By Peter Guest, FootballPredictions.NET, 16:11 28/09/2020
Updated at: 21:27 30/09/2020
Everton has been one of English football’s most successful clubs since being formed in 1878, winning a total of 25 trophies during their storied history.
The club has several nicknames, but their most well-known moniker is ‘The Toffees’. This nickname comes from a toffee shop located in Everton Village. Mother Noblett’s sold a variety of sweets including the Everton Mint - which is thrown into the crowd before home match days.
The Toffees is not the only nickname that Everton are known by, however, as they have picked up several during their history.
How Everton Came to be Known as The Toffees
The aforementioned Mother Noblett’s toffee shop was located between Everton Brow and Brow Side in the Everton Village - from which the club takes its name. It has since become a tradition for a girl to throw the Everton Mints, that were sold by the shop, into the crowd at Goodison Park before Everton home games. This girl is known as the ‘Toffee Lady’ by supporters.
A secondary origin for the club’s primary nickname comes in the form of a property called ‘Ye Anciente Everton Toffee House’. This was situated near the Queen’s Head Hotel in Everton where the club’s early meetings were held during the late 1800s and early 1900s.
The Many Nicknames of Everton Football Club
In addition to being known as ‘The Toffees’, Everton also have some other nicknames which supporters of the club and outsiders have bestowed upon them during their time.
During the club’s formative years, Everton played in a black strip up until 1882, which led them to be called ‘The Black Watch’. This name came from a famous Royal Army Regiment of Scotland.
The club switched to their famous royal blue colours in 1901; This subsequently saw them become ‘The Blues’, which is now the nickname the club is most commonly referred to by after ‘The Toffees’.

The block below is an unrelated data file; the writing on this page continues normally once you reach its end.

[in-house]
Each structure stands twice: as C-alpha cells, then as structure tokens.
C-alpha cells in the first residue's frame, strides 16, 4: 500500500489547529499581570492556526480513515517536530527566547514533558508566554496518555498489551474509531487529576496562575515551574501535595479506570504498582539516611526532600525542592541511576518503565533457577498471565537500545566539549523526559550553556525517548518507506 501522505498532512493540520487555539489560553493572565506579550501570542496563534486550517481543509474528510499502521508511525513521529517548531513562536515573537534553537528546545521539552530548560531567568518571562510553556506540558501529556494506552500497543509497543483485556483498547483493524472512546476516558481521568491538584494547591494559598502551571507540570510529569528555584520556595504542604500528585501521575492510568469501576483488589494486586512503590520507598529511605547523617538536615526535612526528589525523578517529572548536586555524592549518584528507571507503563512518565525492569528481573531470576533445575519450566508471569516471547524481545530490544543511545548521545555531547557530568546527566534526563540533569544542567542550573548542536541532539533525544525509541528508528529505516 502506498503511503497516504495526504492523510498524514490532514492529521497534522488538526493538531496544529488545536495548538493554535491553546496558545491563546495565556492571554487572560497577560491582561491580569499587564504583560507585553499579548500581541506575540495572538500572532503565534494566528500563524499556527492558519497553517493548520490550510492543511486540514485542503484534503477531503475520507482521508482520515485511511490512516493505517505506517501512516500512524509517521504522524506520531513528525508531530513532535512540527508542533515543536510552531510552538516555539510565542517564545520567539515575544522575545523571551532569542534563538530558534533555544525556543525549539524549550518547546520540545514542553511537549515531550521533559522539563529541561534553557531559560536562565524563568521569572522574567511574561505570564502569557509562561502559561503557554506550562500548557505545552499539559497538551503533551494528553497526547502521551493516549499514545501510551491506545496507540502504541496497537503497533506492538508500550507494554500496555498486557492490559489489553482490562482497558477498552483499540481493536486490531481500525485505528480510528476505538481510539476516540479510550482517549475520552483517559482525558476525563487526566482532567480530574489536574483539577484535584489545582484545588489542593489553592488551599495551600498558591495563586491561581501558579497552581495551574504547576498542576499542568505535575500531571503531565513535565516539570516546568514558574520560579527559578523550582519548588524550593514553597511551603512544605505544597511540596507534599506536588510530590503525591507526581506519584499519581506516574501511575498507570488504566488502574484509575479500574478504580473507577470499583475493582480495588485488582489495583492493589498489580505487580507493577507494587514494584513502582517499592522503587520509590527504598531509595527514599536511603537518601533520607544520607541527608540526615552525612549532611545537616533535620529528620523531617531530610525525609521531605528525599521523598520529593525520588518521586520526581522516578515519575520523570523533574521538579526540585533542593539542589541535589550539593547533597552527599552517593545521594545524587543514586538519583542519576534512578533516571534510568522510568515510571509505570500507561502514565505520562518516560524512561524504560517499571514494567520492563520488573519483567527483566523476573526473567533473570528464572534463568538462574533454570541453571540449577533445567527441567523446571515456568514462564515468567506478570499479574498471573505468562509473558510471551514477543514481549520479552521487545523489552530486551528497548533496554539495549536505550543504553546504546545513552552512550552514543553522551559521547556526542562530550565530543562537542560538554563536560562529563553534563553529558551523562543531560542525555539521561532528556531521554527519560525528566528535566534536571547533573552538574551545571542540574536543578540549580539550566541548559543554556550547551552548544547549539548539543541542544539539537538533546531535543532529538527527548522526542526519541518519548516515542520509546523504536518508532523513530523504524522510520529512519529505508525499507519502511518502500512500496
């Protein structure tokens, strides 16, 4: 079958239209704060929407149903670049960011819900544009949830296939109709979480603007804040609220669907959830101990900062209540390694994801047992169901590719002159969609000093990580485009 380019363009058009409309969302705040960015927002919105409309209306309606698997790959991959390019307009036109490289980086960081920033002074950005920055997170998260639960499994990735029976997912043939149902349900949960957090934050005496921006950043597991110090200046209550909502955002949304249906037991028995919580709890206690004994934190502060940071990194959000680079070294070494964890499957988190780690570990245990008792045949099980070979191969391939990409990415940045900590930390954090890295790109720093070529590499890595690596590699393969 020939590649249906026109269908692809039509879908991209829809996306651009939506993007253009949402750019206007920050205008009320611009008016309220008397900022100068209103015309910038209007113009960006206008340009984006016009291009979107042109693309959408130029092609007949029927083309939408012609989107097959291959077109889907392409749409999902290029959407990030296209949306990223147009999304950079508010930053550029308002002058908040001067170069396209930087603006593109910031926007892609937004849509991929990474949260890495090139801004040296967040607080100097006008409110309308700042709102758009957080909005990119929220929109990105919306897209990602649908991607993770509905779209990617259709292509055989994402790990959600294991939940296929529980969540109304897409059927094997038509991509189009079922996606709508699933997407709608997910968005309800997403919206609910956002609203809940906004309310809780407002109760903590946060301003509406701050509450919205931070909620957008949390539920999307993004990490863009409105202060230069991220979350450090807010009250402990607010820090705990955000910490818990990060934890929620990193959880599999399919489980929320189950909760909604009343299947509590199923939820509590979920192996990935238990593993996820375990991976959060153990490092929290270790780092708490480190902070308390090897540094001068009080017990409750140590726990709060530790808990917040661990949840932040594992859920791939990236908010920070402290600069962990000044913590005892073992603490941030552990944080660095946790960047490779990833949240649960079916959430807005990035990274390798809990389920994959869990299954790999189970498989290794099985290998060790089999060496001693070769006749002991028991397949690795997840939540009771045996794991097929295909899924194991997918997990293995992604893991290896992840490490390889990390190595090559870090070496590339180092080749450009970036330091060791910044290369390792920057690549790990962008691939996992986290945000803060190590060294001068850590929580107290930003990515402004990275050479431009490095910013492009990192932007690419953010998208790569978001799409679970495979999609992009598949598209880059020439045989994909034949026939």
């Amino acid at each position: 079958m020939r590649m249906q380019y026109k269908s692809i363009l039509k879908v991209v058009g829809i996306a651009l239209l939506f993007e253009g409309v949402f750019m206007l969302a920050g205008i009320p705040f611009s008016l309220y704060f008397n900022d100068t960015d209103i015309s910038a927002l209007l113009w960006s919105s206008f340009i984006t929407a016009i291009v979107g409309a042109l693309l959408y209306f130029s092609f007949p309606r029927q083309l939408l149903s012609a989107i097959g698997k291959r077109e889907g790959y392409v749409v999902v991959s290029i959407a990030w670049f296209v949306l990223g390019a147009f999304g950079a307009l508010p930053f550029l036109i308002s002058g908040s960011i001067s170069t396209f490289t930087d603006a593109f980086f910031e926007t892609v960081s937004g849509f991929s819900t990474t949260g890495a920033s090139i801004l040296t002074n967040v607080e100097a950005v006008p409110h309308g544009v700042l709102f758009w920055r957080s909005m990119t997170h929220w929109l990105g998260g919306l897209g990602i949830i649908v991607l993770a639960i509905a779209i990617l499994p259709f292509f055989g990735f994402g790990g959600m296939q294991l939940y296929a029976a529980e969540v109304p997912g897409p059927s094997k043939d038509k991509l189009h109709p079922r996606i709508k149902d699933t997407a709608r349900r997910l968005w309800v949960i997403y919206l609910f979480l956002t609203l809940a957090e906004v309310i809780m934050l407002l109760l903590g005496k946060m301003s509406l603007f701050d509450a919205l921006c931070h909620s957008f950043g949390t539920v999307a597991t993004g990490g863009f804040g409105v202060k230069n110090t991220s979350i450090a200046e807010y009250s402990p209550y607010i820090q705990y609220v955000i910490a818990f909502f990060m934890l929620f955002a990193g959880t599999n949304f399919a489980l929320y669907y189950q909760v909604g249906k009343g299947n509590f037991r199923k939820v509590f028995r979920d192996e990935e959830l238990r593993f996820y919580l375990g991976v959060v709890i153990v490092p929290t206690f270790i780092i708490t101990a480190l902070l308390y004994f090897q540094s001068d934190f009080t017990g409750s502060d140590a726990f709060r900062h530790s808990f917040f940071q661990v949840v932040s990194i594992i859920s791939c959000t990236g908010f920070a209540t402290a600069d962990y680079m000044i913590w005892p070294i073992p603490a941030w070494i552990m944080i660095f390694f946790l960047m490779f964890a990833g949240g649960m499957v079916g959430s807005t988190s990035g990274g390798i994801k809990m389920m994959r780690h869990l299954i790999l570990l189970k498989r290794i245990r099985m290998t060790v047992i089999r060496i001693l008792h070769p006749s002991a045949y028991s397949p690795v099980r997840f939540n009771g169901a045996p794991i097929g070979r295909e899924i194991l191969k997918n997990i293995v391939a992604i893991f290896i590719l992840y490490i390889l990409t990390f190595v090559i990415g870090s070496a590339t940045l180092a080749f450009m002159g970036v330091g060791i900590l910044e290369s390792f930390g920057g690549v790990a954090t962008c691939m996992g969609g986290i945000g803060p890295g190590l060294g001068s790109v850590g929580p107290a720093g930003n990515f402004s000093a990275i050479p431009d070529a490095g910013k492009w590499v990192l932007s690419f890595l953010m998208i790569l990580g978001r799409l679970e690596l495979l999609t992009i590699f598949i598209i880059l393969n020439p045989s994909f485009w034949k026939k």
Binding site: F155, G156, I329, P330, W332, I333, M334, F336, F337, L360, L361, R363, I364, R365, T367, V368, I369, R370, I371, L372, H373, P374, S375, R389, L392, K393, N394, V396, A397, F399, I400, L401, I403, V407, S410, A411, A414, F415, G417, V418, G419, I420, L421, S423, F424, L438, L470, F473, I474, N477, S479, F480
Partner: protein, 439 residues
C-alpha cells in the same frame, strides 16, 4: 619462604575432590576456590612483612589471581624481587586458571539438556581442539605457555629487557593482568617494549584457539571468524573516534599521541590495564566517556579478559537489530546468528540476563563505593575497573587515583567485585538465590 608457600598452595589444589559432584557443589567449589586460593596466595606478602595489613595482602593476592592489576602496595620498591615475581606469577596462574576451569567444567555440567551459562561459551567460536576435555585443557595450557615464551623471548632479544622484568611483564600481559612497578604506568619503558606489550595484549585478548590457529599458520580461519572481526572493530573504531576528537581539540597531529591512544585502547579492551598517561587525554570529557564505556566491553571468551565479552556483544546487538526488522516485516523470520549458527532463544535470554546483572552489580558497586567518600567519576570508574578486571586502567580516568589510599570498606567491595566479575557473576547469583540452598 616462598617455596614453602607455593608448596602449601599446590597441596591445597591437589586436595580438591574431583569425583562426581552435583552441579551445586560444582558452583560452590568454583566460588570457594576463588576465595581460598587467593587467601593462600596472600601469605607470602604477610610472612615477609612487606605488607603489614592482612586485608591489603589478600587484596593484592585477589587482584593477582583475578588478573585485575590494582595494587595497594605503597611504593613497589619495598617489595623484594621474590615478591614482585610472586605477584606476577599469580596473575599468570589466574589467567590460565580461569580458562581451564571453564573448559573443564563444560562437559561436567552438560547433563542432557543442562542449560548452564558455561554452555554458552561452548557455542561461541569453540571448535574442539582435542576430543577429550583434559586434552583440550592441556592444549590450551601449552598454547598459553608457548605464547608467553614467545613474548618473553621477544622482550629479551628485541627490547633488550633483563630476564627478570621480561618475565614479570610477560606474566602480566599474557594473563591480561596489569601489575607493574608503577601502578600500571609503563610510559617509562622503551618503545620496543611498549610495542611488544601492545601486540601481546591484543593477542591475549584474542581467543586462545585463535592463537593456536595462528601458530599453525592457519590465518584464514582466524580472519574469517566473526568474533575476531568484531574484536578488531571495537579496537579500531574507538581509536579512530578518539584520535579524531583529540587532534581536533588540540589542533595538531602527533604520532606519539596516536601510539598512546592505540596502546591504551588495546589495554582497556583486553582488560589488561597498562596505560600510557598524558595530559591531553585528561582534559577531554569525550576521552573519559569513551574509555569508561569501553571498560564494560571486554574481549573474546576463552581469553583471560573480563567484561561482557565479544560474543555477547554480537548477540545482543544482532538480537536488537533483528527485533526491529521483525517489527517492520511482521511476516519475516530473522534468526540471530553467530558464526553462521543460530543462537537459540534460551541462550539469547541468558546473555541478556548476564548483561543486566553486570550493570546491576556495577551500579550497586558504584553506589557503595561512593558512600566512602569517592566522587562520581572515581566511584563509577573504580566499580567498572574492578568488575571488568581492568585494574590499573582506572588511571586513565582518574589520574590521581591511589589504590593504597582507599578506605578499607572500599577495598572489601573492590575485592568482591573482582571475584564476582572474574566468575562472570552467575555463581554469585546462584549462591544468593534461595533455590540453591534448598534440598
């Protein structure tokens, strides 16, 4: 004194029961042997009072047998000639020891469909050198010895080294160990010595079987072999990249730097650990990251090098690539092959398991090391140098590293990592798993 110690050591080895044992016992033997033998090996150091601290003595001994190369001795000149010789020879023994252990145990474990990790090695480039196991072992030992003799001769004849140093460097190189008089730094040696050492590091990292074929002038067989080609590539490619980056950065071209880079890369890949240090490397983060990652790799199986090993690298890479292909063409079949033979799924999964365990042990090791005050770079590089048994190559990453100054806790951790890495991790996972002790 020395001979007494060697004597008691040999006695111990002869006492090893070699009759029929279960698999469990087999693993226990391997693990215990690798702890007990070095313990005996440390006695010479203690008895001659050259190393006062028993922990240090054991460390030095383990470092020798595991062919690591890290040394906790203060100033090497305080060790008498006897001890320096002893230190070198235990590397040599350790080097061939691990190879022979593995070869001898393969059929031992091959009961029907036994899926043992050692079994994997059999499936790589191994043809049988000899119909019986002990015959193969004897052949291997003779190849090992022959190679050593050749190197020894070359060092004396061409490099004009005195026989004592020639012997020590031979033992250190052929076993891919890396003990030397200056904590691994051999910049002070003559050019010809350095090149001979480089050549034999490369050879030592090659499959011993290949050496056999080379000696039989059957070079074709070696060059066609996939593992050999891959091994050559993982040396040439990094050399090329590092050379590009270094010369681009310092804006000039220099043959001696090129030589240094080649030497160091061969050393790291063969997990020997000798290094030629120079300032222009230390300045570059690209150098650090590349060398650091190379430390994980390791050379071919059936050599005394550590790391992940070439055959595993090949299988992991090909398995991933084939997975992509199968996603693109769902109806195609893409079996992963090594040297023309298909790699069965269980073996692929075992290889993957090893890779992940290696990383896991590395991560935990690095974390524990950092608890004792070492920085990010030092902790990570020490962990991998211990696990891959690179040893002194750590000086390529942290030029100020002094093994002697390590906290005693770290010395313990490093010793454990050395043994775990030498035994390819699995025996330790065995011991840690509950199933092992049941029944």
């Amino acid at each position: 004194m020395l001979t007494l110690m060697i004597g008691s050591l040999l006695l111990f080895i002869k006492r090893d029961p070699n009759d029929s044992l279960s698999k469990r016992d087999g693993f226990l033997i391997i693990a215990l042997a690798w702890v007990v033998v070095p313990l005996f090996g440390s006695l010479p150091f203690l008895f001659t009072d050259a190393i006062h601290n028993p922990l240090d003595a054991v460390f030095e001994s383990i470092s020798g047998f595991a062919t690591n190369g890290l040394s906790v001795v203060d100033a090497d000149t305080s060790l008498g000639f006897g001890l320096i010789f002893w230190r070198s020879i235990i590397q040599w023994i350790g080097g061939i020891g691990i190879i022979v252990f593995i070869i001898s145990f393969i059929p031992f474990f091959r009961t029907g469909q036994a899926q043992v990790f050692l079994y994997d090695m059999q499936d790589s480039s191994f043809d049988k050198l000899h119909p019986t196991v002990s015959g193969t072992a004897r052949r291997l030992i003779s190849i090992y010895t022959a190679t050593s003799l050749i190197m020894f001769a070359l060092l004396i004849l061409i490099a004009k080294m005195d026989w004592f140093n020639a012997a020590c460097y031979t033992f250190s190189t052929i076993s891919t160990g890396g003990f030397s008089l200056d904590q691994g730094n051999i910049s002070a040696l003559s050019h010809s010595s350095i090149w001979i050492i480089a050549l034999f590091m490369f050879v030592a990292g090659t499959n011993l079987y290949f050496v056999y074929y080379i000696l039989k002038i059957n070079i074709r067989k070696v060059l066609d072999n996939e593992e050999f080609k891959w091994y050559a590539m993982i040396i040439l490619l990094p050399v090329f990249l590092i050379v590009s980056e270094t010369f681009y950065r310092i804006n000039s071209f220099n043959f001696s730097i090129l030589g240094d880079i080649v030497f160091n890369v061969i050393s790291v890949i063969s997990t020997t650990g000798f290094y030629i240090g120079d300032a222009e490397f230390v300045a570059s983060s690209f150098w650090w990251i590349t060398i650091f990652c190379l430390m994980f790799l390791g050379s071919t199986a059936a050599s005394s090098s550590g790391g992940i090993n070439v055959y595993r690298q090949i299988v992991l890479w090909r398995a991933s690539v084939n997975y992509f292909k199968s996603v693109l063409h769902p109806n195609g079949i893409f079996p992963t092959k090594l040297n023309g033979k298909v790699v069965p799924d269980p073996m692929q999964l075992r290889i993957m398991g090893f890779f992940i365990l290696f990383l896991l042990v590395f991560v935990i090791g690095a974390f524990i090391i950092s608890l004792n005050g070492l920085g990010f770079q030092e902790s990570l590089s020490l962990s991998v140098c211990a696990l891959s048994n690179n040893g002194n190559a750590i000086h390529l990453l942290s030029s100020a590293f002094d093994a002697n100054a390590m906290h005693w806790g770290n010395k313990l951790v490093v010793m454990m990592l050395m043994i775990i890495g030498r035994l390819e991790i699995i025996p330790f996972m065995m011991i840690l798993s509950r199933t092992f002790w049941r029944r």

Everton’s attractive style of play throughout the years has earned them many admirers, far beyond their fan base. As a result, in 1928, former England international Steve Bloomer called the club’s play ‘scientific’.
This later developed into the club being known as the ‘School of Science’. Fast forward to 1995, and the club’s most recent trophy, the FA Cup-winning side managed by Joe Royle was referred to by fans as the ‘Dogs of War’ as they won every match on the way to beating Manchester United at Wembley.
After being appointed as manager in 2002, David Moyes declared that Everton was ‘The People’s Club’ and this has since been adopted as a semi-official nickname.
The Blues - Football’s Most Common Moniker?
After ‘The Toffees’, Everton are perhaps most commonly referred to as being ‘The Blues’. This is a nickname that derives from the club’s colours and as a result is common throughout the football world. Staying in the Premier League, five-time winners Chelsea are known as ‘The Blues’, having previously been called ‘The Pensioners’.
Elsewhere in the Football League, Birmingham City, Cardiff City and Ipswich Town are also referred to as ‘The Blues’ amongst other nicknames. This is also the case for both Shrewsbury Town and Southend United of League One and League Two respectively. 54-time champions of Northern Ireland, Linfield, are another British club whose nickname is ‘The Blues’.
Italian giants Napoli are known by their fans as ‘Gli Azzurri’, which directly translates to ‘The Blues’, although they play in a lighter shade of blue than the previously mentioned clubs. Meanwhile, dominant Croatian side Dinamo Zagreb are known as ‘Modri’ which has the same meaning when translated into English.